Starting today, Canadians to get emergency alerts on their cellphones

As of today, the National Public Alerting System — commonly called Alert Ready — will include wireless networks

Starting today, Canadians won’t have to be near a television or radio to receive emergency alerts.

Life-threatening emergencies will now be broadcast on compatible mobile phones.

As of today, the National Public Alerting System — commonly called Alert Ready — will include wireless networks, in addition to traditional broadcast channels.

Related: Here’s how Canada’s national public alert system will work

In the case of a life-threatening emergency, officials will send a localized alert that will compel compatible phones to emit an alarm and display a bilingual text warning.

Situations that could prompt an alert include forest fires, terrorist threats or an Amber Alert for a missing child.

Related: No opting out: Canadians to get emergency alerts on their phones soon

Canada’s broadcast regulator, the CRTC, has said that wireless carriers will conduct one test of the system during the week of May 6.

The shrill, siren-like alarm tone is the same one that currently accompanies emergency broadcasts on radio and television.

The Alert Ready website says individuals will not be billed for the messages.

The Canadian Press

Like us on Facebook and follow us on Twitter.

Just Posted

Houston athlete trying out for regional girls’ team

Zone 7 girls’ team is first in eight years

Winter road maintenance standards boosted

Quicker response times, longer winter tire season to be implemented

HVAC overhaul to continue this summer

Upgrades at Houston Secondary School (HSS) are a long-time coming, according to… Continue reading

Northern B.C. rail service is unreliable and inadequate, trade minister says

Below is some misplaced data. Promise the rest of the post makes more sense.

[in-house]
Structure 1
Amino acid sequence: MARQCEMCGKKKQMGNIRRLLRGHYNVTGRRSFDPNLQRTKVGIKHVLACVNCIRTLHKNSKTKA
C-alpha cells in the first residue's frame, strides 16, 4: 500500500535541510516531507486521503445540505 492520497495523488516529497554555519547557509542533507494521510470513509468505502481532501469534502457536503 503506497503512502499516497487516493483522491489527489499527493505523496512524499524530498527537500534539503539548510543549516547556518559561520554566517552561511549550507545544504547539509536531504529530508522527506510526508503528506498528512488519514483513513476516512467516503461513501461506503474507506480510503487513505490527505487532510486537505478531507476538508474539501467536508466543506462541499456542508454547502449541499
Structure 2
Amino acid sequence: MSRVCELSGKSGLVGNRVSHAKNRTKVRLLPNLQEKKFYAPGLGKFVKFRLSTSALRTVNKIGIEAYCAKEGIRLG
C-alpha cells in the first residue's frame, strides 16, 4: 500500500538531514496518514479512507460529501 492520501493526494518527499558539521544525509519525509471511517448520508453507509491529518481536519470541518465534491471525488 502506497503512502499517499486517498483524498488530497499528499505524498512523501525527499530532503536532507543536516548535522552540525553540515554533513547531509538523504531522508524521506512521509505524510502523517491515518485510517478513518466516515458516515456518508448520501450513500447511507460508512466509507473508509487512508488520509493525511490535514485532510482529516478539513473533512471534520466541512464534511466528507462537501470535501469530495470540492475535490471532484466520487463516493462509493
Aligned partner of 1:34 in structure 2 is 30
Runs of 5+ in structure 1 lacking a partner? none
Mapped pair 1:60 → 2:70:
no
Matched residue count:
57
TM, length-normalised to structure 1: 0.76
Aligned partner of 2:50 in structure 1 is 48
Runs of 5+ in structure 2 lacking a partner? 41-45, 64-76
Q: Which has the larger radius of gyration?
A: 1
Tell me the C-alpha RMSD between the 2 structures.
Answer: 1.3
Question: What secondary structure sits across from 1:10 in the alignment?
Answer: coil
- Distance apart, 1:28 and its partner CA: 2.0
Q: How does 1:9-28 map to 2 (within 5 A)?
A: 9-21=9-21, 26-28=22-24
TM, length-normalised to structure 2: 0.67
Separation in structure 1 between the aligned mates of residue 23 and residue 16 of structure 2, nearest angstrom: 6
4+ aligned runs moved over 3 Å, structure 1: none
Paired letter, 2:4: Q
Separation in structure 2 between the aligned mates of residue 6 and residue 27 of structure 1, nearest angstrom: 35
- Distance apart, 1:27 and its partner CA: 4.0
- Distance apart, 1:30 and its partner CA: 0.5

Bruce Ralston pushes federal minister of transport to ensure reliable supply of rail cars

Celebrate the Value of Volunteering

National Volunteer Week is April 15-21

Lt.-Gov. Guichon believes she made the right decision in last B.C. election

Outgoing Lt.-Gov Judith Guichon said her most memorable moments weren’t surrounding the election

How to keep local news visible in your Facebook feed

Facebook has changed the news feed to emphasize personal connections. You might see less news.

NAFTA: Talks continue through weekend in scramble to get a deal

Foreign Affairs Minister Chrystia Freeland called negotiations ‘perpetual’

Pulp mill fined $900,000 for leaking effluent into B.C. lake

Mackenzie Pulp Mill pleaded guilty to depositing deleterious substance into water frequented by fish

B.C.’s 2-year lobbying ban starts May 1

Office of the Registrar of Lobbyists can grant exemptions from the prohibition if public interest

Horgan speaks of government’s successes to ‘friends’ at CUPE BC convention

CUPE BC president Paul Faoro said was first time a B.C. premier addressed convention in some time

Speed Skating Canada fires coach Michael Crowe after investigation

Crowe was a coach on the American team from 1983 to 1991 and again from 1999 to 2006

5 things to know about the ongoing influx of asylum seekers in Canada

Number of illegal border crossings are up this year – as RCMP, military, politicians try to combat

Time to let go for BC bears, otters, bobcat

Northern Lights Wildlife shelter near Smithers set to release orphaned animals this spring.

Most Read